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IEEE Access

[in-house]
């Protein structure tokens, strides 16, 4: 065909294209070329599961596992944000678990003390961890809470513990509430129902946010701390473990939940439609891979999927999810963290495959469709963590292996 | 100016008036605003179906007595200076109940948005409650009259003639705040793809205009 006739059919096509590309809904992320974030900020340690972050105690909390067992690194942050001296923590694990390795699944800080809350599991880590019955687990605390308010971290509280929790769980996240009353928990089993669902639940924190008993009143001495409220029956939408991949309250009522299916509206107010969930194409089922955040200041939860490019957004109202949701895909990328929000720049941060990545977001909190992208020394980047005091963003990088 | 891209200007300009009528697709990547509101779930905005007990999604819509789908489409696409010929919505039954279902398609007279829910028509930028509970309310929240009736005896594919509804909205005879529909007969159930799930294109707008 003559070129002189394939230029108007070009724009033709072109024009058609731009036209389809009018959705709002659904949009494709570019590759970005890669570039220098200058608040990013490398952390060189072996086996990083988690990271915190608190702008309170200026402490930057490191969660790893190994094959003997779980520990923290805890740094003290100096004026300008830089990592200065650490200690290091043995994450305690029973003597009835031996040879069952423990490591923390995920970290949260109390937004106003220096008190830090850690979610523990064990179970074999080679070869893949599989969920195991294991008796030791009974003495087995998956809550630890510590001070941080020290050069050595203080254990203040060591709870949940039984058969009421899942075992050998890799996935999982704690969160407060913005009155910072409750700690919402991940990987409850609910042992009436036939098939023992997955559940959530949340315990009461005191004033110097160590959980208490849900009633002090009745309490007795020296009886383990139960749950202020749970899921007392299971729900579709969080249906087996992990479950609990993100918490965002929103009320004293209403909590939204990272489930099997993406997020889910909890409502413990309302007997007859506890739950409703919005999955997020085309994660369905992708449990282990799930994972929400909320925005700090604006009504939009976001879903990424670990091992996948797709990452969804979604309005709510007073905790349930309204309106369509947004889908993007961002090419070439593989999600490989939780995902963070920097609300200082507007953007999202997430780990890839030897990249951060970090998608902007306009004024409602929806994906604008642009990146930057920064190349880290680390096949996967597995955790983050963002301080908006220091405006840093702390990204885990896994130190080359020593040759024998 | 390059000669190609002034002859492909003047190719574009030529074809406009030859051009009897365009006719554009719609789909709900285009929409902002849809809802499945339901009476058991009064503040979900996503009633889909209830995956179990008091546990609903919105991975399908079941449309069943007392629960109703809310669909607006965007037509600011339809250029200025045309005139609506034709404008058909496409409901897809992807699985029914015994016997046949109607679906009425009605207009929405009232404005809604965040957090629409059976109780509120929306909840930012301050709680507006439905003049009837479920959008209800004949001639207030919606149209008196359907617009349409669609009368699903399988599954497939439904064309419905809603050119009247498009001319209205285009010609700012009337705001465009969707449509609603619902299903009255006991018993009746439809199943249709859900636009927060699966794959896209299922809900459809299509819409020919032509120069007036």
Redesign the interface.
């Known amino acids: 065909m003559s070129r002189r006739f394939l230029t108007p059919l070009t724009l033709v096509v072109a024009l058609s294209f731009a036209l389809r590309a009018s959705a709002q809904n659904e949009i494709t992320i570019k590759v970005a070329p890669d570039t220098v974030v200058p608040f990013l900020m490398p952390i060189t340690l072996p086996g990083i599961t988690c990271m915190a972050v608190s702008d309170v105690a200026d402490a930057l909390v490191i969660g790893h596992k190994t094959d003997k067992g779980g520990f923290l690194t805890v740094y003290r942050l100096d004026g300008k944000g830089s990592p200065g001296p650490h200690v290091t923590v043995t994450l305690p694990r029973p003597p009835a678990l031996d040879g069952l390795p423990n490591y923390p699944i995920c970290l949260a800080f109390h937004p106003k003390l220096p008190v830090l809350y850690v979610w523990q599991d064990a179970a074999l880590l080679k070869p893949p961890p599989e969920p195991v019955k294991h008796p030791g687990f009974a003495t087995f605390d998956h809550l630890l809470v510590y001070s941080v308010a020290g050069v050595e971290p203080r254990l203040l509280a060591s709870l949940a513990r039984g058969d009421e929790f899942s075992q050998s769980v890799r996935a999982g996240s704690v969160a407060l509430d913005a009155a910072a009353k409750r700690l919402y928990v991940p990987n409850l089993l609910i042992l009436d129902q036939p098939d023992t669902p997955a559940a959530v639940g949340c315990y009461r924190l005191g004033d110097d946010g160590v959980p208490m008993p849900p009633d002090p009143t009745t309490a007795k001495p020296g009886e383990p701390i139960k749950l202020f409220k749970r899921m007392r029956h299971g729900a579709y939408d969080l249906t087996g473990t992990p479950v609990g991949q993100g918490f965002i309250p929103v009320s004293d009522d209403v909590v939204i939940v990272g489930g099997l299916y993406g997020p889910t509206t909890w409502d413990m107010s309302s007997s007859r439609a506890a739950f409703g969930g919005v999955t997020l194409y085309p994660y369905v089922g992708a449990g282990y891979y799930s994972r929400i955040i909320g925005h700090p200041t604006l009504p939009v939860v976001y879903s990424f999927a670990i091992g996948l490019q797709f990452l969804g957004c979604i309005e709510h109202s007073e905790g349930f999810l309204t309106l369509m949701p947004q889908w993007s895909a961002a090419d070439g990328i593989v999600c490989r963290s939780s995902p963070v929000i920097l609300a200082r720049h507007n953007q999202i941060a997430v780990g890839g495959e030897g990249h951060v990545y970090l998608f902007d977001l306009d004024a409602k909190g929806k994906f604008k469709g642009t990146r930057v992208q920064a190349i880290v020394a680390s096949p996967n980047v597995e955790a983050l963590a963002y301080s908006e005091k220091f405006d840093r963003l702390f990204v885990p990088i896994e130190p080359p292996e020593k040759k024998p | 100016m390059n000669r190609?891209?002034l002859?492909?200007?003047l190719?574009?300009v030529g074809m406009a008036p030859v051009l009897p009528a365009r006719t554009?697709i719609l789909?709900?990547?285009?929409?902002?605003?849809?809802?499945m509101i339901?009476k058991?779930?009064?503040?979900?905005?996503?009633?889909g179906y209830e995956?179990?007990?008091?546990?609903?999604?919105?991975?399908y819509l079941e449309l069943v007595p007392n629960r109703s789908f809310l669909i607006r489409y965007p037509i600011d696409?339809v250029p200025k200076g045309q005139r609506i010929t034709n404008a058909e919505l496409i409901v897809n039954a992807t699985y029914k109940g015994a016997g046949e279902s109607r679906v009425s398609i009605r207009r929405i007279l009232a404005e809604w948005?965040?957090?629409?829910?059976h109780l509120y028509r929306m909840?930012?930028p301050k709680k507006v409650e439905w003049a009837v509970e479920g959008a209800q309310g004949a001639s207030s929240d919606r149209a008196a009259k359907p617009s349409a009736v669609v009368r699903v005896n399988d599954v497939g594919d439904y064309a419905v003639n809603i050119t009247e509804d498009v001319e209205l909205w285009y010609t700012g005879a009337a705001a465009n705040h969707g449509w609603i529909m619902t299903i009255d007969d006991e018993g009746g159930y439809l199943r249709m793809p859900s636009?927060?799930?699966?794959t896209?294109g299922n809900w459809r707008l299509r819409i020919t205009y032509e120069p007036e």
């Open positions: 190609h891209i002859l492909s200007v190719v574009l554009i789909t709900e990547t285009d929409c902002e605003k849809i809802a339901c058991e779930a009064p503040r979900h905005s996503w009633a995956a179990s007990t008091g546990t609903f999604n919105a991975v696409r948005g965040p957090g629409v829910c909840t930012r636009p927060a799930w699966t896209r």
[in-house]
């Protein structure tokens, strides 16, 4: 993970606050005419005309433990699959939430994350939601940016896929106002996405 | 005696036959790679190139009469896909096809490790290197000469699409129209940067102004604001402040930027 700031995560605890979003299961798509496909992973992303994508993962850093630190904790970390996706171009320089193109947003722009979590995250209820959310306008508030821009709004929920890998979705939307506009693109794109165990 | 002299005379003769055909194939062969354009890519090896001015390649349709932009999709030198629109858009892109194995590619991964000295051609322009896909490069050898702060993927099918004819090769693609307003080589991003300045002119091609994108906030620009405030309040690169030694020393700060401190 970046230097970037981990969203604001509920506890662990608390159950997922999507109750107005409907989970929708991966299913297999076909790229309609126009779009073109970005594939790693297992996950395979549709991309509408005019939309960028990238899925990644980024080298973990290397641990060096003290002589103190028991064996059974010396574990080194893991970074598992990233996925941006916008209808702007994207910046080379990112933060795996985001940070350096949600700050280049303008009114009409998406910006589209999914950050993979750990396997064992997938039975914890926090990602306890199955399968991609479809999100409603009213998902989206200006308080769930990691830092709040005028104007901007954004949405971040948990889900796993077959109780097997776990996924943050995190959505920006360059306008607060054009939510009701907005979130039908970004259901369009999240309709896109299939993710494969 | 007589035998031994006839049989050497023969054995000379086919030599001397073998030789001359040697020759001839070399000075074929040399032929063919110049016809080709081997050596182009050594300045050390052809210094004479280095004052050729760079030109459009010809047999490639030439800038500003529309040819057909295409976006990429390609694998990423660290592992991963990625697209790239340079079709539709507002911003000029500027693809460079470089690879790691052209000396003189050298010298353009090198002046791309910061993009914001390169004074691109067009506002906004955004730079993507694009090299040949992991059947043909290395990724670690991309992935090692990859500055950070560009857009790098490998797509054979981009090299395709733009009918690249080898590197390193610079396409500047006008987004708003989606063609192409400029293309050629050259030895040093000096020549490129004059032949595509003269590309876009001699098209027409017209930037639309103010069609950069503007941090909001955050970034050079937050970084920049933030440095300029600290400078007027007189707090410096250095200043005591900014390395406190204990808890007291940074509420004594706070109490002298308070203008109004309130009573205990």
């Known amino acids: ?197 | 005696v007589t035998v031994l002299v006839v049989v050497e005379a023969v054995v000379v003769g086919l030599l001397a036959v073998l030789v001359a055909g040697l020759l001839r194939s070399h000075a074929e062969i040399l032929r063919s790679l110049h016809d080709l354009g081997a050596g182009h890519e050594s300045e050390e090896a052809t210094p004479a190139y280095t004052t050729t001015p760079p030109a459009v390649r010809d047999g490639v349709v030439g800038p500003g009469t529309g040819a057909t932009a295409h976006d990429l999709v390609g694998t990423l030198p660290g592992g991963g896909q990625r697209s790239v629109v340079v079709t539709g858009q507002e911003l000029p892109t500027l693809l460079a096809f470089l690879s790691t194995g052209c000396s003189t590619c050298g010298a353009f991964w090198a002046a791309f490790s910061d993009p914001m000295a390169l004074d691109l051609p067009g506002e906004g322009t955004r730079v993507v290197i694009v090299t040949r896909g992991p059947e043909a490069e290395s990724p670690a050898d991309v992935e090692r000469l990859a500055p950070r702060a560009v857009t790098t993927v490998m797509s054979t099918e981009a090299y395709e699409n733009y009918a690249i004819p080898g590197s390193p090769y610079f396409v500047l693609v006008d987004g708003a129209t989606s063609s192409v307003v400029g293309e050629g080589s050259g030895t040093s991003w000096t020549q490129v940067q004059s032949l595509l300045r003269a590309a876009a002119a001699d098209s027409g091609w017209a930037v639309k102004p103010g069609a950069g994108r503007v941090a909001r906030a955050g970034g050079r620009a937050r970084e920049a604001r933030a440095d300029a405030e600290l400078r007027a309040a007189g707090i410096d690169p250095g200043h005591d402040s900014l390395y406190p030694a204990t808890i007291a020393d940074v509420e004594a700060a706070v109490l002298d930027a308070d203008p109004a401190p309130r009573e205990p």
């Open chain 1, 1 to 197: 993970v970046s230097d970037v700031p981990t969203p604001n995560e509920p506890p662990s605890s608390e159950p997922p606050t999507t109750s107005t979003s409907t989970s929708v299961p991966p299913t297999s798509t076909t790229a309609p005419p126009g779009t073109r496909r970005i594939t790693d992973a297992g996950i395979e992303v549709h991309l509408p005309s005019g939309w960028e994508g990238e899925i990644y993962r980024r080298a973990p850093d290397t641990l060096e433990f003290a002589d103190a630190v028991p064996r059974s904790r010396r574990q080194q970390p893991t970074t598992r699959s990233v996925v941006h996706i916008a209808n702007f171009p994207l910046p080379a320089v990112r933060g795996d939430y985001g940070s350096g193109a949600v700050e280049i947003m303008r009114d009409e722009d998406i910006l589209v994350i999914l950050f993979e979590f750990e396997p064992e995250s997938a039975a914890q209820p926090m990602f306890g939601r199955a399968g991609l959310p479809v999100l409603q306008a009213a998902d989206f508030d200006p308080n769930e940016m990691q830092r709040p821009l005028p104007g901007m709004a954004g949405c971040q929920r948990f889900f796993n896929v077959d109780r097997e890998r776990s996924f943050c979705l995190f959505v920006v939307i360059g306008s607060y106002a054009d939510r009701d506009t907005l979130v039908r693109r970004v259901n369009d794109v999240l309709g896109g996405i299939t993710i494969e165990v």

The use of network connected devices has grown exponentially in recent years revolutionizing our daily lives. However, it has also attracted the attention of cybercriminals making the attacks targeted towards these devices increase not only in numbers but also in sophistication. To detect such attacks, a Network Intrusion Detection System (NIDS) has become a vital component in network applications. However, network devices produce large scale high-dimensional data which makes it difficult to accurately detect various known and unknown attacks. Moreover, the complex nature of network data makes the feature selection process of a NIDS a challenging task. In this study, we propose a machine learning based NIDS with Two-phased Hybrid Ensemble learning and Automatic Feature Selection. The proposed framework leverages four different machine learning classifiers to perform automatic feature selection based on their ability to detect the most significant features. The two-phased hybrid ensemble learning algorithm consists of two learning phases, with the first phase constructed using classifiers built from an adaptation of the One-vs-One framework, and the second phase constructed using classifiers built from combinations of attack classes. The proposed framework was evaluated on two well-referenced datasets for both wired and wireless applications, and the results demonstrate that the two-phased ensemble learning framework combined with the automatic feature selection engine has superior attack detection capability compared to other similar studies found in the literature.




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